The boom in venture capital fundraising that the technology startup market has enjoyed since the back half of 2020 has been eye-popping. Record sums have been disbursed around the world as more firms entered the fray to invest in startups, and the late-stage capital flowed like water.
But while the venture capital game seemed to turbocharge in recent quarters, there’s noise coming from the other side of the spectrum: bootstrapping.
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Mailchimp’s $12 billion exit to Intuit, announced mere weeks ago, helped set a high-water mark for bootstrapping, proving that it is possible to build large, valuable technology companies both without huge venture capital investment and in locations outside traditional startup hubs. Mailchimp, based in Atlanta, is just one of a host of startup companies building in the city, The Exchange recently reported.
Today’s startups have more fundraising options than ever, providing a number of pathways to scale. These include services like Pipe, which allows startups to sell future revenues in a competitive marketplace, and the myriad venture-debt players that TechCrunch has covered extensively.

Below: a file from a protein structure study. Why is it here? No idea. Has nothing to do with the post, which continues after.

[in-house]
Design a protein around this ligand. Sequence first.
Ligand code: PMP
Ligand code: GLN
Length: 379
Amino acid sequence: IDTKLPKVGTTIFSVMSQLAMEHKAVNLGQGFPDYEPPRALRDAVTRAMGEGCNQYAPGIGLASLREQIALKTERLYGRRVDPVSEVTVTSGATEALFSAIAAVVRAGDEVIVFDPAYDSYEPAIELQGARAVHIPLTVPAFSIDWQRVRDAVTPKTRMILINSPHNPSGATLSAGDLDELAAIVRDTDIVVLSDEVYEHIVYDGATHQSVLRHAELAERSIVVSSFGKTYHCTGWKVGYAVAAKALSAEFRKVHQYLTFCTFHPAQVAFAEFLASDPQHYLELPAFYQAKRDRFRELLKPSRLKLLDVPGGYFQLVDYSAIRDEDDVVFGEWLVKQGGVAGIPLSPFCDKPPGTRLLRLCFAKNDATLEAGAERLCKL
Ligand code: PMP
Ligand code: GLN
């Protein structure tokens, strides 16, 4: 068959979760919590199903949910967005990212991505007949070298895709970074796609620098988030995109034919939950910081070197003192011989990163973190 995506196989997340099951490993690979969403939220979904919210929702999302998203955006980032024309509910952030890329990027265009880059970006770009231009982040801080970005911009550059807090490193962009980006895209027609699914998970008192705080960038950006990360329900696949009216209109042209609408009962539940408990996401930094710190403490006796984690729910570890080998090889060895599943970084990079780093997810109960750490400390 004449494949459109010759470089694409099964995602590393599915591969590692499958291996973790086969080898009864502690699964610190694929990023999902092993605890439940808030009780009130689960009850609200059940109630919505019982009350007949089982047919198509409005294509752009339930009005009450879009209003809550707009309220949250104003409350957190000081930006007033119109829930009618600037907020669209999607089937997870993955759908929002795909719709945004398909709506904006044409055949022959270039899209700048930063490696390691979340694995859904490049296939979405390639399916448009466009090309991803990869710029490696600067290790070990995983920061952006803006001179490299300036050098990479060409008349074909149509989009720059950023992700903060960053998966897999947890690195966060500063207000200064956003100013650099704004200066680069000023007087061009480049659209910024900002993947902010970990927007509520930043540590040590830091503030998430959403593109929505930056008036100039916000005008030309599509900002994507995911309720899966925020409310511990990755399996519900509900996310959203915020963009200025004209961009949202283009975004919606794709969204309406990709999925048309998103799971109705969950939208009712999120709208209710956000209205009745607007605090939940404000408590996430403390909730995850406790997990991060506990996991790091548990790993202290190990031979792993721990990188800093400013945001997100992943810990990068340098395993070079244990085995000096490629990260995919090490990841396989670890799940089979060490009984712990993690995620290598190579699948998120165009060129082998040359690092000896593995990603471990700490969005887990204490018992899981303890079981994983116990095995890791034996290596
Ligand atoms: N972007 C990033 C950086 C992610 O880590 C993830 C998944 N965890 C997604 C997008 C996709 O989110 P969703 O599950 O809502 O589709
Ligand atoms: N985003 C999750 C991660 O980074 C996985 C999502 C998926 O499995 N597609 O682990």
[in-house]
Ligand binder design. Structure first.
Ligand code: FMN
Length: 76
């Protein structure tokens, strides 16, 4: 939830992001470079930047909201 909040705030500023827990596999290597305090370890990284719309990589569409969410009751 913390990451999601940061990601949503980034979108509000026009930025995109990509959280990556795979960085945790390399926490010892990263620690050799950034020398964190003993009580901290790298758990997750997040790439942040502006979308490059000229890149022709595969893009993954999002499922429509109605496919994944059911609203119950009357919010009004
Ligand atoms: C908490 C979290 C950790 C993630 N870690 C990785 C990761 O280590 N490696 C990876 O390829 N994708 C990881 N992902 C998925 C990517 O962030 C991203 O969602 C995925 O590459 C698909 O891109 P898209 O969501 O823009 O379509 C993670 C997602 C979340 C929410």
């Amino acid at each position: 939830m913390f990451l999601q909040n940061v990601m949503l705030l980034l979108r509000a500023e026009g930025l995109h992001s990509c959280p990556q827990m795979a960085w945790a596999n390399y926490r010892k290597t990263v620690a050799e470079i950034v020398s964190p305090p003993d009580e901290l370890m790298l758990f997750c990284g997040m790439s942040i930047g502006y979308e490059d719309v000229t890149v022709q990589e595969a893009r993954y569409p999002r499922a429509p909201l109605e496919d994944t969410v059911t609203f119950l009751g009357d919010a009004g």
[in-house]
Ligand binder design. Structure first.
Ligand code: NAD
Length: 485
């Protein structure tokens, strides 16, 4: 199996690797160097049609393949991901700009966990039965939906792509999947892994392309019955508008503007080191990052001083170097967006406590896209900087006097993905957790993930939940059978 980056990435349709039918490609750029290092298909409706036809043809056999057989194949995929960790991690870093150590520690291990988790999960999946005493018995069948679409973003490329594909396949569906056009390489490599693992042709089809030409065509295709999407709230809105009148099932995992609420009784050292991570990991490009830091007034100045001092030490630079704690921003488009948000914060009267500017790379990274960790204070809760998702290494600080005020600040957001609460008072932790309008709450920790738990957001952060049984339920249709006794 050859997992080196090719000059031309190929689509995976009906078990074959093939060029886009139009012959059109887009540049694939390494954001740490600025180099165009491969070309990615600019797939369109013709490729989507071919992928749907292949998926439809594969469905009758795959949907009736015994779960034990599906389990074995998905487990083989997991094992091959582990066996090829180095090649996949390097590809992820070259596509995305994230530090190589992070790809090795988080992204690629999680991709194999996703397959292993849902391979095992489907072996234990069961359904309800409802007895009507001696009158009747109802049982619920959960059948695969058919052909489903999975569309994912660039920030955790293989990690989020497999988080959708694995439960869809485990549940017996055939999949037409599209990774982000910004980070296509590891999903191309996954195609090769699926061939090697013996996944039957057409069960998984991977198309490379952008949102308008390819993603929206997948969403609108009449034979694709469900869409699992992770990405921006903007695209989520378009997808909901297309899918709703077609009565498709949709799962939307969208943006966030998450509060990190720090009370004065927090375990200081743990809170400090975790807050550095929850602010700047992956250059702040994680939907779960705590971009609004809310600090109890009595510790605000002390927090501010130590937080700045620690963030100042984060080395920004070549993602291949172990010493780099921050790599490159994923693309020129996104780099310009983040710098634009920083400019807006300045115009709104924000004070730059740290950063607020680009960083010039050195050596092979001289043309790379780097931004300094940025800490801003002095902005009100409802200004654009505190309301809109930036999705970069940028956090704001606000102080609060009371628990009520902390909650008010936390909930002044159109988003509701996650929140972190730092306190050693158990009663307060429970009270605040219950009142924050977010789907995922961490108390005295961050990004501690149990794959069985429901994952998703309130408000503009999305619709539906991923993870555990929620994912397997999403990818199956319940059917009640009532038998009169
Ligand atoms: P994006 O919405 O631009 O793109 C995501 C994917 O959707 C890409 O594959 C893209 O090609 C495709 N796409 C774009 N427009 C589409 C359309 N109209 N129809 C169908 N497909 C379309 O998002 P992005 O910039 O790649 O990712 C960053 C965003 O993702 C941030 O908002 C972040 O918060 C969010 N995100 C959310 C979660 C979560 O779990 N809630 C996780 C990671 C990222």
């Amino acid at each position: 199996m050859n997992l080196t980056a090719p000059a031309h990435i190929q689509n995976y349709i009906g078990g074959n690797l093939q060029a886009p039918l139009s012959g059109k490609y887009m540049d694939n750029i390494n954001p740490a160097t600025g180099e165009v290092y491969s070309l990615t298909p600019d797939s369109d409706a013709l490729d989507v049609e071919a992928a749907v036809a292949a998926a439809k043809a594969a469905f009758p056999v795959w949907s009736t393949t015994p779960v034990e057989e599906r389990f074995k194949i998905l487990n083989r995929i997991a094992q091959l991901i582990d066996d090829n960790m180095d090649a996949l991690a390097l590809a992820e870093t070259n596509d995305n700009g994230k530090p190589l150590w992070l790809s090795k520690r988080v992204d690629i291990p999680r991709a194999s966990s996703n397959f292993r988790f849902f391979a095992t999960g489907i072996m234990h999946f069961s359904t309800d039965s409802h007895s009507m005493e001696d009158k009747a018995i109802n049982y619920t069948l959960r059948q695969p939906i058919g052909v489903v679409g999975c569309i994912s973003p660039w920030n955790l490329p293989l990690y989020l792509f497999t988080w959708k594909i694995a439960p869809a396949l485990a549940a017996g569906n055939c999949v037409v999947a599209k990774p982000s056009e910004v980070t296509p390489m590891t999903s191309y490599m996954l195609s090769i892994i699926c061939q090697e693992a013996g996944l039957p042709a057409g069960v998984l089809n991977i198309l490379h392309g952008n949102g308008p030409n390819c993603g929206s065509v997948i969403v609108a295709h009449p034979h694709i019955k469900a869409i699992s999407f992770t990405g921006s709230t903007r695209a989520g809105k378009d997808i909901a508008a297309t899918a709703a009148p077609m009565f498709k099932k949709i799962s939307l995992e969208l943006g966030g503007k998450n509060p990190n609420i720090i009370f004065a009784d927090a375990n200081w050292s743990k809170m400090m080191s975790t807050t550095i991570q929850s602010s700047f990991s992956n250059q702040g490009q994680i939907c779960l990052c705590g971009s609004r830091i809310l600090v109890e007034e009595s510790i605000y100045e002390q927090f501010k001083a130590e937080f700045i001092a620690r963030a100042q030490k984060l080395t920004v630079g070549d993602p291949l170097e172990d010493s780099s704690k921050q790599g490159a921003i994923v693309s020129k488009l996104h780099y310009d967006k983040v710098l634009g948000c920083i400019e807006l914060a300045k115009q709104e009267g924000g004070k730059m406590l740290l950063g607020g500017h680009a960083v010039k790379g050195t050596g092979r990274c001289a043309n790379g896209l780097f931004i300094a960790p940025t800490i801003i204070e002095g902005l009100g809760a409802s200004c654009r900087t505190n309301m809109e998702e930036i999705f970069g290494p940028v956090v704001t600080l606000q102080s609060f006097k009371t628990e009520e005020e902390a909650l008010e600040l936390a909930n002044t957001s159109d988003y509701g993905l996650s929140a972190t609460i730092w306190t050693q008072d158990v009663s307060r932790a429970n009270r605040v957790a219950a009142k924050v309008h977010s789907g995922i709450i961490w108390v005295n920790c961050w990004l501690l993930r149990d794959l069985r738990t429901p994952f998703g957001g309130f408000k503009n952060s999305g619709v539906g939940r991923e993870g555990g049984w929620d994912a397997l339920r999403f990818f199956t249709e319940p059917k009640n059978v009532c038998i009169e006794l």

For startups busy funding their growth with revenue, there’s even more good news. Earlier this year, Calendly, another Atlanta-based company, raised its first material external capital — at a valuation of just over $3 billion, showing that bootstrapping early doesn’t mean that equity capital sources are closed forever. A number of other companies have followed suit in recent months.
We’re curious if a changing capital landscape, and a startup market made more viable for bootstrapping thanks to business concepts like product-led growth, will shake up the demographics of startup founders, perhaps making their ranks a bit more diverse. Let’s talk about it.
Go back in time to the dot-com boom, and it was normal for startups to spend early capital on physical hardware. Servers weren’t something you could just call up Amazon and rent by the minute, which meant buying your own and paying co-location fees. That took capital.
And, as has been discussed ad nauseam, it was harder to build digital companies a few decades back. There weren’t infinite APIs for companies to hook into to solve complex technical issues, and there were both fewer folks trained to build new tools and fewer potential customers.
In today’s startup market, much technical risk has been settled, often lowering building costs for startups at the same time. The well-worn riff that it’s easier than ever to start a company today could be wed to the concept that it’s perhaps cheaper, too. That should bode well for bootstrapping.